This blood test is used to check the amount of oxygen and carbon dioxide in your blood. It also measures the acidity of your blood.
An oximeter is a small machine that measures the amount of oxygen in your blood. To get this measurement, a small sensor is taped or clipped onto a finger or toe. When the machine is on, a small red light can be seen in the sensor. The sensor is painless, and the red light does not get hot.
This test makes pictures of your internal tissues, bones, and organs, including the lungs.
This imaging test uses a combination of X-rays and computer technology to make horizontal, or axial, images or slices of the body. A CT scan shows detailed images of any part of the body, including the bones, muscles, fat, and organs. CT scans are more detailed than general X-rays.
Treatment for chronic bronchitis is aimed at treating the symptoms. It may include:
- Quitting smoking
- Avoiding secondhand smoke and other lung irritants
- Taking oral medicines to open airways and help clear away mucus
- Taking inhaled medicines, such as bronchodilators and steroids
- Getting oxygen from portable containers
- Having lung reduction surgery to take out damaged areas of the lung
- Getting a lung transplant, in rare cases
- Humidifying the air
- Pulmonary rehab to help you learn how to live with your breathing problems and stay active
- Bronchitis is inflammation of the breathing tubes (bronchi). There are several types of bronchitis, but the most common are acute and chronic.
- Chronic bronchitis is often part of chronic obstructive pulmonary disease (COPD). This is a group of lung diseases that cause airflow blockage and breathing problems.
- The most important cause of chronic bronchitis is cigarette smoking. Air pollution and your work environment may also play a role.
- Chronic bronchitis causes a cough that’s often called smoker’s cough. It also causes you to cough up mucus, wheeze, and have chest discomfort. These may get worse over time and lead to severe breathing problems.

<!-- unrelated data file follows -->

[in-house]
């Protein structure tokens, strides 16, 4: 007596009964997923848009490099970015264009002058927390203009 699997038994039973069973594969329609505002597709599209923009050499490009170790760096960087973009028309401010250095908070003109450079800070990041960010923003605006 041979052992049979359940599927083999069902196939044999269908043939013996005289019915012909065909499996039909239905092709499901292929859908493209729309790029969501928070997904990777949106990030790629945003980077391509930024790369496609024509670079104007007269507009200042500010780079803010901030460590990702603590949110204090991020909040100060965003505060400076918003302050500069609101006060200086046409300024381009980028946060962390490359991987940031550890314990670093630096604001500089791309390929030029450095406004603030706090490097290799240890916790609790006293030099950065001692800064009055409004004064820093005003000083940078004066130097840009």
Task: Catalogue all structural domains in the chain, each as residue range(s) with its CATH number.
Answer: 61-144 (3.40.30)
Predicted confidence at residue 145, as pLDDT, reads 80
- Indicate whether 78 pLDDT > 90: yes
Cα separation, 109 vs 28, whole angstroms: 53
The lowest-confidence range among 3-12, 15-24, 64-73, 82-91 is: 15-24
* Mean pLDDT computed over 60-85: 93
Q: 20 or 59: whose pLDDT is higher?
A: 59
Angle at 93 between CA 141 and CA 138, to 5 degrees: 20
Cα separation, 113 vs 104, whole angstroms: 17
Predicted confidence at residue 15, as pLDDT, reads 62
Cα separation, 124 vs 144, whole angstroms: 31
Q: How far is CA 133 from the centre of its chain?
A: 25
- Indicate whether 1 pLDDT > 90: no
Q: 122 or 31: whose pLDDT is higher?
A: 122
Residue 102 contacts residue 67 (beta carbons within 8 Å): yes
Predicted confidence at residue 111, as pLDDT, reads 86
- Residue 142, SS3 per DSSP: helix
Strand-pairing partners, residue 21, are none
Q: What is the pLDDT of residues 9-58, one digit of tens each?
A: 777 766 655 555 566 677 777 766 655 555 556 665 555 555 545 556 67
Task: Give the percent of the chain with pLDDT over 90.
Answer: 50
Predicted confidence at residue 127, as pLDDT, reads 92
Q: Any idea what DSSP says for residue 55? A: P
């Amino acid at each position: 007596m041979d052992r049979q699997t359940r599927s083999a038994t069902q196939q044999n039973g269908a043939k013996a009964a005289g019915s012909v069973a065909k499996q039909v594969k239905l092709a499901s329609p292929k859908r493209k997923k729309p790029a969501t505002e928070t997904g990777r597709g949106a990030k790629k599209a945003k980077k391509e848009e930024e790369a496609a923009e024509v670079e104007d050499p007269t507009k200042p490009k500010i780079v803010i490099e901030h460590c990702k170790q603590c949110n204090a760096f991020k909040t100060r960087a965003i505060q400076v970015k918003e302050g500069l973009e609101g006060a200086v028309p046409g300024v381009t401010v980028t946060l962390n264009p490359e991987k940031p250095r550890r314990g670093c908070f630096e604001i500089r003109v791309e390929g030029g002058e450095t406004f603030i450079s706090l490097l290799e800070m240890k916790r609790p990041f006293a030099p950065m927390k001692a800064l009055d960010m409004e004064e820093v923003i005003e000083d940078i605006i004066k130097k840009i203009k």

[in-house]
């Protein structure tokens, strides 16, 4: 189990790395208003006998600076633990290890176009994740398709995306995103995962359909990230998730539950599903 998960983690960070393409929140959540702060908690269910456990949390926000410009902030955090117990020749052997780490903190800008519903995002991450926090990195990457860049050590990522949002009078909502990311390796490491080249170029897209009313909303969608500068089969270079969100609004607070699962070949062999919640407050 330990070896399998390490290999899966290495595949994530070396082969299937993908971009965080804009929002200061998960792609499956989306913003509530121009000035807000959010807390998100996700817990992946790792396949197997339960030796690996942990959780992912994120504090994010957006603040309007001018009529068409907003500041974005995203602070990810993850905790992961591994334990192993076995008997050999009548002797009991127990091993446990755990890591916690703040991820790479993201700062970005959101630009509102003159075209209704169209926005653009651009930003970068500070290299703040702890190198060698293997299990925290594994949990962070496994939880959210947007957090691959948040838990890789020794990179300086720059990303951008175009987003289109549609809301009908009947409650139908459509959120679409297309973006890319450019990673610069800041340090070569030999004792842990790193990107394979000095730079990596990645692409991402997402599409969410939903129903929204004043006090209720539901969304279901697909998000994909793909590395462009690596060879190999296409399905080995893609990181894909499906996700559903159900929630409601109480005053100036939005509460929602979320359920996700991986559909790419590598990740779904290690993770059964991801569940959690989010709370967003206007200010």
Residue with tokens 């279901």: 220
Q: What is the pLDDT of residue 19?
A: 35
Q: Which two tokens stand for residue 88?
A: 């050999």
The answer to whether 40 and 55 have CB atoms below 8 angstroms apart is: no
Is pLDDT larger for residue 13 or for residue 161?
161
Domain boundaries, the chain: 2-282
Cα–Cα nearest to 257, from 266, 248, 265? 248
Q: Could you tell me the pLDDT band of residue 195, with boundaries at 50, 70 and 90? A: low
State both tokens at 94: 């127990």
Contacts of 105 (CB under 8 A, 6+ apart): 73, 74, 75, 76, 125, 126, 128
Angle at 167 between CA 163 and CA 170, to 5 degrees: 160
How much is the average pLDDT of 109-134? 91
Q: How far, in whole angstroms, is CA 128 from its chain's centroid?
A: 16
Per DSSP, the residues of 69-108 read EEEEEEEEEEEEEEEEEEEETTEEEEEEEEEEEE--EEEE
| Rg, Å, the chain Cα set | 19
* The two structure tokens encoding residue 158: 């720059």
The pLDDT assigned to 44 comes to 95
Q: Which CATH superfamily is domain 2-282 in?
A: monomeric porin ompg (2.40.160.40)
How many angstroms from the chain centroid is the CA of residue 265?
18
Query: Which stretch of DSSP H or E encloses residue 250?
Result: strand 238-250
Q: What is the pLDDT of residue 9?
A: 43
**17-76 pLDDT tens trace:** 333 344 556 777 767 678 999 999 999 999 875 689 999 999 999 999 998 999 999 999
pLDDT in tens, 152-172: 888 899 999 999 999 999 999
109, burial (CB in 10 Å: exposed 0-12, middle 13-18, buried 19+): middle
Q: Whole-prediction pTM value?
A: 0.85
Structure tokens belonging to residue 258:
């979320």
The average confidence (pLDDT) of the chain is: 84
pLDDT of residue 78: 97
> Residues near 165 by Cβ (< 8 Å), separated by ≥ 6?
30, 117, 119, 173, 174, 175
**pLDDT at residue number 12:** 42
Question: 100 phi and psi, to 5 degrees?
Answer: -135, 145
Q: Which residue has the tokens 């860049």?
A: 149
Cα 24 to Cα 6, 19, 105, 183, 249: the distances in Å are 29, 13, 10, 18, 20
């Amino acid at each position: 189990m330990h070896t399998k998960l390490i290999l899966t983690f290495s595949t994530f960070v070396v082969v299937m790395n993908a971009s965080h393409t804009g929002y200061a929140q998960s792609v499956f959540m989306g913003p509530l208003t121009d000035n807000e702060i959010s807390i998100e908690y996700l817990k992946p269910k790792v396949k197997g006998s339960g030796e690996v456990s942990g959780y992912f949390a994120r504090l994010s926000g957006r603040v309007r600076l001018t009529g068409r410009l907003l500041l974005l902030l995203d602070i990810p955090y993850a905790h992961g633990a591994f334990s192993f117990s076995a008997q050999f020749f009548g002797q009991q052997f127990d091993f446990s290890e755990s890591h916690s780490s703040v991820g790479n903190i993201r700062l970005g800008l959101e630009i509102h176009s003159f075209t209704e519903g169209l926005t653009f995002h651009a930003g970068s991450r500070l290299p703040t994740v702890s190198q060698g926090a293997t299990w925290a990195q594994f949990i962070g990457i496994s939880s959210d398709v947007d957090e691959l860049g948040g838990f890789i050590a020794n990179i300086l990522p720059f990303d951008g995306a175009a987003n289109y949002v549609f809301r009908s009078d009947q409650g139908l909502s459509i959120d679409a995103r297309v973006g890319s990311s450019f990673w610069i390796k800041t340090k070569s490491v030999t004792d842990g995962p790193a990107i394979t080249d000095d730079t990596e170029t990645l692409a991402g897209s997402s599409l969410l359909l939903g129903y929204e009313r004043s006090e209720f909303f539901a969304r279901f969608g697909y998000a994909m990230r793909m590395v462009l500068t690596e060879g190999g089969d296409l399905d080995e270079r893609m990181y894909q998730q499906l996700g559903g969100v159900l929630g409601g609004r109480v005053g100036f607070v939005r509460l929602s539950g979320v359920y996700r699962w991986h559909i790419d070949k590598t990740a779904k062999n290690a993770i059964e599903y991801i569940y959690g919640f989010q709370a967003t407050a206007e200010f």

- Tests that help measure how well your lungs are working are used to diagnose chronic bronchitis. Blood, breathing, and imaging tests may also be used to see how severe the problem is and watch it over time.
- The goal of treatment for people with chronic bronchitis is to live more comfortably by controlling symptoms. A key part of treatment is to quit smoking.
Tips to help you get the most from a visit to your healthcare provider:
- Know the reason for your visit and what you want to happen.
- Before your visit, write down questions you want answered.
- Bring someone with you to help you ask questions and remember what your healthcare provider tells you.
- At the visit, write down the name of a new diagnosis, and any new medicines, treatments, or tests. Also write down any new instructions your healthcare provider gives you.
- Know why a new medicine or treatment is prescribed, and how it will help you. Also know what the side effects are.
- Ask if your condition can be treated in other ways.
- Know why a test or procedure is recommended and what the results could mean.
- Know what to expect if you do not take the medicine or have the test or procedure.
- If you have a follow-up appointment, write down the date, time, and purpose for that visit.
- Know how you can contact your healthcare provider if you have questions.
January 16, 2018
Overview of pulmonary function testing in adults. UpToDate., Chronic obstructive pulmonary disease: Definition, clinical manifestations, diagnosis, and staging. UpToDate.
Blaivas, Allen J., DO,Nelson, Gail A., MS, APRN, BC